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When Governments Break the LawThe Rule of Law and the Prosecution of the Bush Administration$
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Austin Sarat and Nasser Hussain

Print publication date: 2010

Print ISBN-13: 9780814741399

Published to NYU Press Scholarship Online: March 2016

DOI: 10.18574/nyu/9780814741399.001.0001

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PRINTED FROM NYU Press SCHOLARSHIP ONLINE (www.nyu.universitypressscholarship.com). (c) Copyright University of NYU Press Press, 2019. All Rights Reserved. An individual user may print out a PDF of a single chapter of a monograph in NYSO for personal use.date: 22 October 2019

Vindicating the Rule of Law

Vindicating the Rule of Law

Prosecuting Free Riders on Human Rights

(p.37) 1 Vindicating the Rule of Law
When Governments Break the Law

Claire Finkelstein

NYU Press

This chapter argues that the rule of law can only be vindicated by a criminal prosecution of Bush administration officials. It first considers how we should understand the relationship among the Bush administration's public rhetoric condemning torture, its private internal efforts to justify its own use of harsh interrogation methods to itself, and its actual practices. It then examines what bearing this relationship would have on whether officials who authorized such techniques should be subject to prosecution. It also articulates the basic argument in favor of a societal “publicity condition” with respect to legal rules and goes on to discuss the gap between the publicly announced commitment to democracy and human rights, on the one hand, and the actual policies used to govern, on the other. Finally, it assesses the implications of President Barack Obama's refusal to prosecute Bush administration officials for the rule of law and the United States's attempt to secure international cooperation in the war on terror.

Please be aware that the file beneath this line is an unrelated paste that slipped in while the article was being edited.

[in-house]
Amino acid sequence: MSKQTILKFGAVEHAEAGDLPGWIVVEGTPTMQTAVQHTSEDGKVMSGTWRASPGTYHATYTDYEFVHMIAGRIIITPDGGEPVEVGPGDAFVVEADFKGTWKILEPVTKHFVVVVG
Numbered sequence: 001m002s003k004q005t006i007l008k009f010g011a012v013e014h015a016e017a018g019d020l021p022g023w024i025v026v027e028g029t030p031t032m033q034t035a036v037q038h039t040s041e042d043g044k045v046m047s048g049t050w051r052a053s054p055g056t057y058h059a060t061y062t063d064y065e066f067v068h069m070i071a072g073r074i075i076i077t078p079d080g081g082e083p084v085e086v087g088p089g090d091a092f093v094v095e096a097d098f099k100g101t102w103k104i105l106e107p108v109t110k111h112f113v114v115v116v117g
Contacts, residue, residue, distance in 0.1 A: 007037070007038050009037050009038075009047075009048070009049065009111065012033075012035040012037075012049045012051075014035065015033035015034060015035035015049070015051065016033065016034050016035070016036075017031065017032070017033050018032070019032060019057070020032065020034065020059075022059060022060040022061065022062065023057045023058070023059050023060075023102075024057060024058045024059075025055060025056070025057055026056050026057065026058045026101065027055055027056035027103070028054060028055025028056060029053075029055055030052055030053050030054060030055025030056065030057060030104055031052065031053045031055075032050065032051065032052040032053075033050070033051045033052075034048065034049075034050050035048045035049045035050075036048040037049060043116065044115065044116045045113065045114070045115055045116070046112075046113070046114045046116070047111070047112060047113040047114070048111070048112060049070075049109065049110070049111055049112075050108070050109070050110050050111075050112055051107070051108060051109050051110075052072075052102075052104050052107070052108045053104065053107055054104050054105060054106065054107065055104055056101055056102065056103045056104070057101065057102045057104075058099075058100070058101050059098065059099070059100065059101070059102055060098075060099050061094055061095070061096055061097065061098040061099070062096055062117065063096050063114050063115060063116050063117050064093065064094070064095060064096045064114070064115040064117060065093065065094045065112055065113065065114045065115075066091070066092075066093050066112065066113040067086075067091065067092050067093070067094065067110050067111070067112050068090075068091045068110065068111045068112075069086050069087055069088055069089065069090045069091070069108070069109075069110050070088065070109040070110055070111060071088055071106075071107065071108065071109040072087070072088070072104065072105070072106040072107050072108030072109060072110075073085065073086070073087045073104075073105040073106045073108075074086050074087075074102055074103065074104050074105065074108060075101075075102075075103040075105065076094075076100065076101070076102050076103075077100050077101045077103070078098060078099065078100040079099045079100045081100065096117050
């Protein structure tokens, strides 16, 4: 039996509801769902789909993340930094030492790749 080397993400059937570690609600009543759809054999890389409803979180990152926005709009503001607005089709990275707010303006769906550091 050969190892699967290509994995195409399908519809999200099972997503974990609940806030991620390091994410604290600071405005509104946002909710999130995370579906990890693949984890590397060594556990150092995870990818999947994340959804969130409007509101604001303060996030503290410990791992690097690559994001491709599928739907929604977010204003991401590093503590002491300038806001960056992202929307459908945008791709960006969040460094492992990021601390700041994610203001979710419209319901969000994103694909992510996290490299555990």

Keywords:   rule of law, criminal prosecution, Bush administration, torture, publicity condition, democracy, human rights, Barack Obama, international cooperation, war on terror

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